Nominations were divided into three categories: local, national and international, and more than 4,450 nominations were received.

The esteemed Amazonian Chief RAONI was voted International Public Peace Prize Laureate for his contribution to the preservation of indigenous cultures and the rain forest. Recipient of the same award was Palestinian doctor from Gaza, Izzeldin ABUELAISH, an important figure in Israeli-Palestinian relations. Three of his daughters and a niece were killed in 2009 when his house was shelled. These events inspired him to write the book I Shall Not Hate.

The public awarded the Public Peace Prize in the category Local Peacemakers to a PERSON WITH DOWN SYNDROME in recognition of the ability of people with Down syndrome to radiate simplicity and peace in a supportive environment.

The intermediate category, Emerging Peacemaker, was awarded to a person who was already active internationally, but not yet recognized. The public selected a Canadian teacher, Marie-Marcelle DESMARAIS,  director of the Institut de formation humaine intégrale de Montréal (IFHIM).  She initiated the Bridge Builders for Peace training program, which is currently active on several continents.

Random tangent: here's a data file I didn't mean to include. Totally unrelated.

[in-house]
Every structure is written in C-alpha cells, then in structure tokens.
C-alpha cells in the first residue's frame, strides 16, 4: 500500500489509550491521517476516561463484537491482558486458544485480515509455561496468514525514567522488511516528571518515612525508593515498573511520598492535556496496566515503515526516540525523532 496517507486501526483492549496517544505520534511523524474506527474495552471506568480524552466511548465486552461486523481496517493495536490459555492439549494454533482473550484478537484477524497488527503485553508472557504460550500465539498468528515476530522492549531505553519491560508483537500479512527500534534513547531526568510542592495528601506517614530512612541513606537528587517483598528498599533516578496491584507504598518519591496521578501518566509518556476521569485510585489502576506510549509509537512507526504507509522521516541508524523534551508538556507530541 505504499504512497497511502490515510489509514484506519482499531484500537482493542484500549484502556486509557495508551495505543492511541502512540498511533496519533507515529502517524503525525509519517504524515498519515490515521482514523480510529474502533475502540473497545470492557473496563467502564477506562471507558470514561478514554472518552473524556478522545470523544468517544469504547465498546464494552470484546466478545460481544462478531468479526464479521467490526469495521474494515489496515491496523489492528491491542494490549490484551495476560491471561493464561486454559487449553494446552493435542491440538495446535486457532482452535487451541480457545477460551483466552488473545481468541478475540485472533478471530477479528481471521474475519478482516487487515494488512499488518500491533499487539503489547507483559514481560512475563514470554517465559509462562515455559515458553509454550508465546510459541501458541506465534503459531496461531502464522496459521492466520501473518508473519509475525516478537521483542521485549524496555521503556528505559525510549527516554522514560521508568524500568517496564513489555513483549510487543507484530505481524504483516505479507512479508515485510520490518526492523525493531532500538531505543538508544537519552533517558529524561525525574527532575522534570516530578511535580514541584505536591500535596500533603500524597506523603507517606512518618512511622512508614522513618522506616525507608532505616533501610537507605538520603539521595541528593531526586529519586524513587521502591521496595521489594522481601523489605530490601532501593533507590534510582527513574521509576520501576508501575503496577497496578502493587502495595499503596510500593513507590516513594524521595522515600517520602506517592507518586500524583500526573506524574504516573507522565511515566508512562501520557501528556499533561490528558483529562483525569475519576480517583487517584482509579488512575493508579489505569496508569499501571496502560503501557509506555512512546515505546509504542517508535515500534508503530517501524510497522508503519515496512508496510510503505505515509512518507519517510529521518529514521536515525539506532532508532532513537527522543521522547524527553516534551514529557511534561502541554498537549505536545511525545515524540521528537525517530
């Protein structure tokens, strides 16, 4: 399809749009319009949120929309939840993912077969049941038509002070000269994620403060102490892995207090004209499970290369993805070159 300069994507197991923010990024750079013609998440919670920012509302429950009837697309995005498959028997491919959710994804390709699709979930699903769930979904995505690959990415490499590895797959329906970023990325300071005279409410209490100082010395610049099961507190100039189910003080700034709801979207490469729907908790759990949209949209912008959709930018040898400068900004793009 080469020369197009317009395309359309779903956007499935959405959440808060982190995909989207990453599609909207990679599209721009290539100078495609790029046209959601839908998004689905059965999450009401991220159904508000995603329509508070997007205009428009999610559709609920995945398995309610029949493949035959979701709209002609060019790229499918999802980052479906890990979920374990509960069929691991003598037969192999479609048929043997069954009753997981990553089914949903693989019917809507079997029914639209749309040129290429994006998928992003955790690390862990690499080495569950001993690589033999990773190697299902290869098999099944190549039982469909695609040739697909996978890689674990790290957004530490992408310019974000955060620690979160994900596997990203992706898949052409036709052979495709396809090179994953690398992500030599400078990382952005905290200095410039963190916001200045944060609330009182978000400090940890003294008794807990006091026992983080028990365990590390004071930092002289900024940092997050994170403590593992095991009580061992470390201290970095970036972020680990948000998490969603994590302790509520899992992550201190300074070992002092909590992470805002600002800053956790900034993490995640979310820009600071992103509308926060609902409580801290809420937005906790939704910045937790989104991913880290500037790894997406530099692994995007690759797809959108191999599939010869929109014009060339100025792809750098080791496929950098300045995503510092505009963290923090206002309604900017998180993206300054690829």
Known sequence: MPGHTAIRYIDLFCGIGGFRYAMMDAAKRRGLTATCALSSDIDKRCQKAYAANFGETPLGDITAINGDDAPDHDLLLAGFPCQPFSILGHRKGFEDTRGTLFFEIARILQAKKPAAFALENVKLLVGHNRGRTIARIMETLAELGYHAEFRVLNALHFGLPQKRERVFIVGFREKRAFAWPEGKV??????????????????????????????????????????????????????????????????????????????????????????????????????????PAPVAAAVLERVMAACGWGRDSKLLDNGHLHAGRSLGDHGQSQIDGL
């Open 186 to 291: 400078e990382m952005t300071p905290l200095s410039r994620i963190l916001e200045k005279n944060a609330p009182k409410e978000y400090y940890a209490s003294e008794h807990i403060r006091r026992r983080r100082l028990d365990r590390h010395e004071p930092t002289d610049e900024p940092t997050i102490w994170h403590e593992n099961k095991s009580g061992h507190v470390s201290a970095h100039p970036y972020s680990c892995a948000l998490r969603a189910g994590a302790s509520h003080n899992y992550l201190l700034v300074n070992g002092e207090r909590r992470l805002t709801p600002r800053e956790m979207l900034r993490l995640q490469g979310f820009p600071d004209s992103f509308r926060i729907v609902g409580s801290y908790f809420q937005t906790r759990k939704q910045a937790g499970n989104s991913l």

The Public Peace Prize’s Second Edition – 2015

In 2015, 143,635 support actions for one or another of the PPP candidates were recorded on social media.

Quebec photographer, author, and playwright Philippe DUCROS,  whose works shares his heightened awareness and concern for the situation in Palestine, received overwhelming public support in the Emerging Peacemaker category.

Dr. Michel ENGLEBERT of Belgium, a former member of Doctors without Borders, was voted Public Peace Prize Laureate in the Local Peacemaker category for creating an enabling environment for adults with disabilities, regardless of their differences.

The Public Peace Prize in the Internationally-reputed Peacemaker category attracted a large number of votes, mainly from India. Spiritual leader Dr. VASANTH VIJAJJI MAHARAJ‘s  message is one of harmony, unity and universal community, of reconciliation, and peace between families, citizens and nations. His vision is to provide peace and education on non-violence to children and youth.